6 start oil pump drive, cam chain replaced, mag chain replaced, oil distribution seal for crank changed, gearbox sprocket  changed, solid state voltage regulator, Boyer dual coil, 1968 Commando distributor in place of magneto with electronic ignition now starts with key.

Bob Newby primary belt drive, best on the market, cost $780 eliminated oil leaks from the badly designed steel primary cover and as an added benefit bike has less vibration also changed to the newer laminated style stator. Norvil pushrod seal conversion insures clutch stays dry.

Clutch now has a sweet take up and very light lever pull. 

If you are a  collector the Frame and Engine numbers do match. 

This  motorcycle is a collectible model that won’t depreciate with its slim line “featherbed frame” really is a joy to ride, extremely stable for a classic bike and can handle  100 mile weekend  day rides in the summer months even on the highway with no over-heating!

1964 Norton Dominator Front Wheel

The seller also includes a list of some original parts that are included. It’s obviously been enthusiast-owned and well cared for, although with no takers at the $5,500 starting bid, the seller may be aiming high, even considering the condition.

-tad

1964 Norton Dominator R Side

Working Class Hero: 1958 Triton for Sale

1958 Triton L Side

One of my favorite things about motorcycles is the seeming endless ways there are to mix and match parts to create new machines. Chain drive and fairly simple frames mean that it’s no big deal to say, sling an RD400 motor into the old GS500E you have lying around. But while many of these creations are born of necessity or just to see if it can be done, the classic Triton was a very functional motorcycle that actually managed to achieve some legitimacy among the motorcycling community.

1958 Triton R Side Engine

The Triton was a hybrid that used a Triumph parallel-twin engine and the famously excellent-handling Norton “featherbed” frame to create a seriously nimble motorcycle with good power and endless tuning potential. It also happens to be the name of the half-man, half-fish son of Poseidon in Greek mythology, something that the motorcycling community has sadly not capitalized on.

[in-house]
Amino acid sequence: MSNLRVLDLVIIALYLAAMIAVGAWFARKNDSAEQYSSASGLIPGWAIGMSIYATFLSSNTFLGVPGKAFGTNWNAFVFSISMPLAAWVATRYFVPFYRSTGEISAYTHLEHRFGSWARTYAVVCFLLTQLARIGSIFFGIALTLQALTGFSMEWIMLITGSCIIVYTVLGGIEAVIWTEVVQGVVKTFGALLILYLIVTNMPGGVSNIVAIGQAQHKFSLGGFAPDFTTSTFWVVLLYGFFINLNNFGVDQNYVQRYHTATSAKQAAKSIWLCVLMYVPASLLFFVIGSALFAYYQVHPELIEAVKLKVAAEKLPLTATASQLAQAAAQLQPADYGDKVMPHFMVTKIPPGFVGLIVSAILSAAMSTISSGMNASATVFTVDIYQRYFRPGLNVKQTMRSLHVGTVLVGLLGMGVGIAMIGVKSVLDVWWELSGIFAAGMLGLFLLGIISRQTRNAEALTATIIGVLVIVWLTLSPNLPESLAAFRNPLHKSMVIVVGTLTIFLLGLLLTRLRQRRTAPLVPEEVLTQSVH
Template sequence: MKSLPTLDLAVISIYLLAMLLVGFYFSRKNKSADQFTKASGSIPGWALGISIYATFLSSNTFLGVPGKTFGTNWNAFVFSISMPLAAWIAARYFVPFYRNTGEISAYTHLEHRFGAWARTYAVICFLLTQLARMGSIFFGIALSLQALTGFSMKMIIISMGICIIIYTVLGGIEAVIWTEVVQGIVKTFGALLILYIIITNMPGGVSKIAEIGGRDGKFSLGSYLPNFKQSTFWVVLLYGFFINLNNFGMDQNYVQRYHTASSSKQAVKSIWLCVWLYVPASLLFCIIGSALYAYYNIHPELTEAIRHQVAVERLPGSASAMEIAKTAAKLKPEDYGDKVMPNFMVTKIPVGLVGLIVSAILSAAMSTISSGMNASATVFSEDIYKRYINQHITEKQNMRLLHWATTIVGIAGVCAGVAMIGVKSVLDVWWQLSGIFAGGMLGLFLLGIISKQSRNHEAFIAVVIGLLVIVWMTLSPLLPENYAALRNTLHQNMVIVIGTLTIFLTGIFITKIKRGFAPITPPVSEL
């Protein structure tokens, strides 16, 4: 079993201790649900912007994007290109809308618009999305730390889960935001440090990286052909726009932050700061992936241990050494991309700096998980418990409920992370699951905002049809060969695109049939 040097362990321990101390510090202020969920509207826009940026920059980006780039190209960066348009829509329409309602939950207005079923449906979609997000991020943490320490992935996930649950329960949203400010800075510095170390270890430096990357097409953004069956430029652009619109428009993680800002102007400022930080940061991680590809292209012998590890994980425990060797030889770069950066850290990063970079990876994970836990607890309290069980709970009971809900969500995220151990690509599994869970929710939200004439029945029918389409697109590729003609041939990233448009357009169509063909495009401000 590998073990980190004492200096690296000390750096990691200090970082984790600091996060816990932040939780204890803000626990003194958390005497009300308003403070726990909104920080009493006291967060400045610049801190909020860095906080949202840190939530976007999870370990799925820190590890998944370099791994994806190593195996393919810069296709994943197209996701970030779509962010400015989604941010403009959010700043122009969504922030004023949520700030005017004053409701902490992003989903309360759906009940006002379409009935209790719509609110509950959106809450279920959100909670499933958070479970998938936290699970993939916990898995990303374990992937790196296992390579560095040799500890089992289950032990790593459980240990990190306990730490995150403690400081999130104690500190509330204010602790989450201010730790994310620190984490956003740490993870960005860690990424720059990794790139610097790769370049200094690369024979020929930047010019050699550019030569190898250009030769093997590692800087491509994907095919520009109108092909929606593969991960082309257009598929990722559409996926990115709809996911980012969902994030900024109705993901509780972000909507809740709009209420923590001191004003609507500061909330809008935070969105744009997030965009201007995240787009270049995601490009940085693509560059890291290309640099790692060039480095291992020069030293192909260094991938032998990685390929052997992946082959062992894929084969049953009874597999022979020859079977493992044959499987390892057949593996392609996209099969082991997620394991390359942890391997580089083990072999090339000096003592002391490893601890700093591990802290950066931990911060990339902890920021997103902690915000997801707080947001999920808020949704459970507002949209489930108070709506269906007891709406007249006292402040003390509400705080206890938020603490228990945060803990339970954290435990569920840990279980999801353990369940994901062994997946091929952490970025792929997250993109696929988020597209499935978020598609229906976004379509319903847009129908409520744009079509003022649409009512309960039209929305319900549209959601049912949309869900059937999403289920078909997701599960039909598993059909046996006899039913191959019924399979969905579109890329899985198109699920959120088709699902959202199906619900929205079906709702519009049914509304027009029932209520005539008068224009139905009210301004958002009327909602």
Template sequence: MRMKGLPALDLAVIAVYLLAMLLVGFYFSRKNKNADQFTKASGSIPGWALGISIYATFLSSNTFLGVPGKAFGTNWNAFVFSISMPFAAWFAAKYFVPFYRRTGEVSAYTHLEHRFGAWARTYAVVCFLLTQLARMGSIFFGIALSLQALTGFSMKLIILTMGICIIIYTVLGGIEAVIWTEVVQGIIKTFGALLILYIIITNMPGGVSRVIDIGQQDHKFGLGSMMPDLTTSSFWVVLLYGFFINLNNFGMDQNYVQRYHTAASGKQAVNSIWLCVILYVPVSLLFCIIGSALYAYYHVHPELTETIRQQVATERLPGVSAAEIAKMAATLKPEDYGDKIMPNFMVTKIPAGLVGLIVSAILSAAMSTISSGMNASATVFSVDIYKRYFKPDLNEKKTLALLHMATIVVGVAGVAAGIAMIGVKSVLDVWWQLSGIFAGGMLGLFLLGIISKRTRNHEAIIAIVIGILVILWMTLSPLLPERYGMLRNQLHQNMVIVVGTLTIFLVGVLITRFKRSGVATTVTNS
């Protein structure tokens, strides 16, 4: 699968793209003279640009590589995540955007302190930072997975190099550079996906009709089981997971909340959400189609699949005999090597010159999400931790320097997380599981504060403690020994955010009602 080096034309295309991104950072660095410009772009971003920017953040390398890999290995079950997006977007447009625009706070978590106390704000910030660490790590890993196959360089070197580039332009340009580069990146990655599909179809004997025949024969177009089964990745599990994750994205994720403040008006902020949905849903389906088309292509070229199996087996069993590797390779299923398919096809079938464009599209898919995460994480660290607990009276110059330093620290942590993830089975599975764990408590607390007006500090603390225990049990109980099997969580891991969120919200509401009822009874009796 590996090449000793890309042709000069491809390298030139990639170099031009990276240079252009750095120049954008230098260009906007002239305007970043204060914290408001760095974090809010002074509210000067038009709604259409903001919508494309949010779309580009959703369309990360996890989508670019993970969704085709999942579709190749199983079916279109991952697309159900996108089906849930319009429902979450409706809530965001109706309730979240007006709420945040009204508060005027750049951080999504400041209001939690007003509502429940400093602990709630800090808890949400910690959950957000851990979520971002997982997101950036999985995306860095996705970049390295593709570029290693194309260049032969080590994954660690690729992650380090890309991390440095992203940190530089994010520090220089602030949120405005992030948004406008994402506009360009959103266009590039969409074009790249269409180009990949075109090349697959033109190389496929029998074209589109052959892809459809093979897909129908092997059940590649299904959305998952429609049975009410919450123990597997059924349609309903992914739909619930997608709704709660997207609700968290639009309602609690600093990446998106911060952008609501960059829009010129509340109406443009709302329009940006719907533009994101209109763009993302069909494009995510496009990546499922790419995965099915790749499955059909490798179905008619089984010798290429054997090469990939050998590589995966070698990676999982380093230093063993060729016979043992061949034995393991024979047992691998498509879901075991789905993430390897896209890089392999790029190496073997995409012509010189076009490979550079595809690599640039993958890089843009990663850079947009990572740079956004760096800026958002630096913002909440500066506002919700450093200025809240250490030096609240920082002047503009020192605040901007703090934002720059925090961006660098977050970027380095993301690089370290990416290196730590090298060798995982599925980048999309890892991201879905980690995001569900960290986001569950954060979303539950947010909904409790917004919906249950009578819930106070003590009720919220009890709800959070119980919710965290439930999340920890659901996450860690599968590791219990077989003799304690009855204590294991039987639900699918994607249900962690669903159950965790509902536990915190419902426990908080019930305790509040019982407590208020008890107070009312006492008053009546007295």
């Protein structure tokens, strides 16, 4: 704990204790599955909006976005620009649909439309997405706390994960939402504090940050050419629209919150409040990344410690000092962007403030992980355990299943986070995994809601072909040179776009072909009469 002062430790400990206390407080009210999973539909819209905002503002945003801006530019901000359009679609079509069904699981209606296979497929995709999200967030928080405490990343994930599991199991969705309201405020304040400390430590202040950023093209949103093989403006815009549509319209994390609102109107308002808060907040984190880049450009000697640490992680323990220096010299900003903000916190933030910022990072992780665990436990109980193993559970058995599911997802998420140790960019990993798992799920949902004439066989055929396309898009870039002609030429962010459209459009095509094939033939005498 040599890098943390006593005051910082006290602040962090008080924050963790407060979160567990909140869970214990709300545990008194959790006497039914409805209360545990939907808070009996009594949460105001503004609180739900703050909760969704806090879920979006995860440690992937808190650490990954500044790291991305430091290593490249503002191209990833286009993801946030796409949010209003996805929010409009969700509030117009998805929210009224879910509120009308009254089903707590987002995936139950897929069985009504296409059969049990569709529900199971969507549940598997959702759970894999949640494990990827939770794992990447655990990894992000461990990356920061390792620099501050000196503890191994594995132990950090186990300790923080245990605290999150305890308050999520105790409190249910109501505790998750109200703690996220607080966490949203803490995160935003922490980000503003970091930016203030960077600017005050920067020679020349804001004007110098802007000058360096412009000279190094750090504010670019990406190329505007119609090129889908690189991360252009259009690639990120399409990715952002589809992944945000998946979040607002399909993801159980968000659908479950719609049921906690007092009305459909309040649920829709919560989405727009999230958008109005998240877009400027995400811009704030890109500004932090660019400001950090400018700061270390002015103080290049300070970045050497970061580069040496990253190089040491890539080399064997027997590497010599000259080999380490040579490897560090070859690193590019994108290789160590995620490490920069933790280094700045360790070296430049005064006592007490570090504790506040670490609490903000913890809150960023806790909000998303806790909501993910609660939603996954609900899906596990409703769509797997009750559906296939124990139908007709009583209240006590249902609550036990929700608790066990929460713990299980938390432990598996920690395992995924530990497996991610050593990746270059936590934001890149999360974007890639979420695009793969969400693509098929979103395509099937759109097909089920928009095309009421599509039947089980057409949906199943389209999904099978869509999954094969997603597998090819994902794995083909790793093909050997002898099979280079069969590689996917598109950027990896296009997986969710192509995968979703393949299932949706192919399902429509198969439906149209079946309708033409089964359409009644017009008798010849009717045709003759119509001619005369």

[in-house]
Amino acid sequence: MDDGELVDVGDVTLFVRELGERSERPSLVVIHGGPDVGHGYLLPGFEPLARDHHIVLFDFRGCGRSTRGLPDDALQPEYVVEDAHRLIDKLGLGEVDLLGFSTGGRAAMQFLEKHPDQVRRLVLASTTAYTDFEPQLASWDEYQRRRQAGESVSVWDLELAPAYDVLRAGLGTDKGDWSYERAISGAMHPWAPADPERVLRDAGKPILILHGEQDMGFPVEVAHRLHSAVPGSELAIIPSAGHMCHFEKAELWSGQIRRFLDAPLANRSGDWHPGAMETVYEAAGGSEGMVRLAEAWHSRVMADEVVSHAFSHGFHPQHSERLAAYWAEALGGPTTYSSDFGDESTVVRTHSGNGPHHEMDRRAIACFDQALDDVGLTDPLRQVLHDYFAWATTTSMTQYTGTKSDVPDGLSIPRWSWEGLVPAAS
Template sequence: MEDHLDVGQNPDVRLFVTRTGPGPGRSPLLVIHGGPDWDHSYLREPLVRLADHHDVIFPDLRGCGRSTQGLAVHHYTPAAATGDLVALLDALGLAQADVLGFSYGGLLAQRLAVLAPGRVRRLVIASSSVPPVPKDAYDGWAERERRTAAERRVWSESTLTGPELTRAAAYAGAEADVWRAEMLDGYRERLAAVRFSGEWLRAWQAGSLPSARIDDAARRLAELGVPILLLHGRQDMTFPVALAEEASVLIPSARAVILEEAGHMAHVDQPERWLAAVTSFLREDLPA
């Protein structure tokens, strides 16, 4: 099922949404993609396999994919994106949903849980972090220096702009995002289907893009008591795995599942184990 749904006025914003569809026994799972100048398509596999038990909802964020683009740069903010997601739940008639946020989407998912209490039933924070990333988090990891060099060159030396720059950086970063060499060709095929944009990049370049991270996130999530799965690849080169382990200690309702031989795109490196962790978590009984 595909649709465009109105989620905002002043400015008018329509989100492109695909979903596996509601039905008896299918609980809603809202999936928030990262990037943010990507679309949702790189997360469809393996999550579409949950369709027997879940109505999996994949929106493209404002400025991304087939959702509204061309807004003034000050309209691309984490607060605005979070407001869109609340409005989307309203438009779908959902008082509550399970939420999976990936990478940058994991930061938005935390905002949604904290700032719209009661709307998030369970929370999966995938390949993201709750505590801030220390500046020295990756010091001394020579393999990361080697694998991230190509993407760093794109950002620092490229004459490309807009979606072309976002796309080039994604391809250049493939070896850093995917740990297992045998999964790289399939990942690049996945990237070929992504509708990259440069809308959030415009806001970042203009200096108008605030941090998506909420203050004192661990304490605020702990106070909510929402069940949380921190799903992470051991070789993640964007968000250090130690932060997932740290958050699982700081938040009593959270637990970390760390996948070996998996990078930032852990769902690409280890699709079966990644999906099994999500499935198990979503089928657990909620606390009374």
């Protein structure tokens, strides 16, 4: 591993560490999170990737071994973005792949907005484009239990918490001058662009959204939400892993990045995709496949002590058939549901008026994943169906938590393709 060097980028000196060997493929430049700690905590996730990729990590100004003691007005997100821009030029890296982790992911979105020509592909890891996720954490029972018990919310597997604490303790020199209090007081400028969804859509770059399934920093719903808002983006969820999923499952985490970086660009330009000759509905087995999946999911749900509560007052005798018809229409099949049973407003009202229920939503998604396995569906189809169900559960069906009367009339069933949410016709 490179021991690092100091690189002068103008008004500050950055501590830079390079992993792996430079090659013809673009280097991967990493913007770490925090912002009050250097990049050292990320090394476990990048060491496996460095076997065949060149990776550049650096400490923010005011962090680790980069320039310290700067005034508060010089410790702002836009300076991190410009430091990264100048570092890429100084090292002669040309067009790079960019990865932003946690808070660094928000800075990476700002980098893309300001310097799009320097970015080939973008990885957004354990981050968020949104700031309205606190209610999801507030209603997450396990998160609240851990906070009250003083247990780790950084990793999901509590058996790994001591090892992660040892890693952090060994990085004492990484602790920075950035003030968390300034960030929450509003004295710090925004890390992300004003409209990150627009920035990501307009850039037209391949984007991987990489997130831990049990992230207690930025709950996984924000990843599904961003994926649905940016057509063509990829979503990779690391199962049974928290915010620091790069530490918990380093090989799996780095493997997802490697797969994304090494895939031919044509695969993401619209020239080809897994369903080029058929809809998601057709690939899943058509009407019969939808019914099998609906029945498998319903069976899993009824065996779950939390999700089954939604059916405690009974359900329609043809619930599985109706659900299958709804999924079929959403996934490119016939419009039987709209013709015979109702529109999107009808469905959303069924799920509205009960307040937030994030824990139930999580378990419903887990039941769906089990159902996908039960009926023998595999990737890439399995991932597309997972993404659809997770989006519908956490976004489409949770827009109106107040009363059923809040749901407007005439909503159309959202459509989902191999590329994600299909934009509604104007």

1958 Triton Dash

The choice of a Triumph engine might seem odd at first. After all, in stock form, it was actually a bit more powerful than the Triumph. But the Norton’s longer-stroke engine had a much higher piston speed and was considered less reliable, and a wealth of performance parts and tuning expertise were available for the Triumph as well.

1958 Triton L Side Engine

Interestingly, the non-unit design of both bikes meant that either four-speed gearbox could be used, although the Norton’s was generally considered superior. Really, all it took to make a Triton was a couple of donor bikes and a set of engine/transmission mounting plates, so it wasn’t too difficult to build one if you were reasonably competent with a set of tools, and plenty of these were built then and are being built today, so “authenticity” is hard to define and hard to verify.

From the original eBay listing: 1958 Triton for Sale

Ultimate Cafe Racer

1958 Norton Featherbed frame (Model 88)

1971 Triumph T120R engine with 4 speed transmission.

  • Unity Special Equipe UNAX2 Polished aluminum, Lyta style, 3 Gallon Short Circuit fuel tank.
  • Unity Wideline oiltank w/ battery holder
  • Unity Wideline Seat
  • Unity Fiberglass Fenders
  • Gold Star Silencers
  • Converta Engine plates
  • 4 Leading shoe Brake hubs
  • Akront Rims laced by Hagon
  • Far too many parts to list them all. For more information please feel free to contact us with your inquiries. 
  • Clocks show 269 Miles. Actual mileage is unknown. 
  • Was acquired from a museum. Rides and sounds wonderful. 

1958 Triton R Side Rear

I don’t know all that much about Tritons, but I know enough to know that they naturally vary a bit from bike to bike, since there’s no such thing as a “factory” example. These really do take the best bits and incorporate them into one of the most beautiful bikes of the era: everything is on display here, and looks purposefully industrial, but hand-crafted and decorative at the same time… So far, bidding is very slow, with the Reserve Not Met at $5,000 which is obviously well below where I expect this to sell, but maybe someone will manage to scoop a bargain with this one…

-tad

1958 Triton L Side Riding

Perfect Recreation: 1961 Norton Manx Replica for Sale

1961 Norton Manx Replica R Front

For many vintage motorcycle enthusiasts, the Commando is what first springs to mind when you mention Norton. But while that bike was stunning to look at and fast, its design wasn’t really cutting-edge, even when new. For vintage racing fans however, the name Norton probably conjures up images of this bike, the Norton Manx, a bike whose technical specification set the standard for privateer racing in a career that spanned 20 years, an almost impossible-to-imagine longevity in a sport where last year’s bike isn’t a classic, it’s just slow.

1961 Norton Manx Replica R Side Rear

The single-cylinder engine came in two flavors: 500 and 350cc’s. Both used reliable and precise bevel drive and tower shafts to work the dual overhead cams. But while the engine was sophisticated and reasonably powerful, it was just part of the picture and far from the bike’s defining characteristic. Instead, it was the bike’s “featherbed” frame that was the standout feature. The innovative frame was lightweight, stiff, and featured a swingarm rear for excellent roadholding that allowed it to compete against much more powerful machines.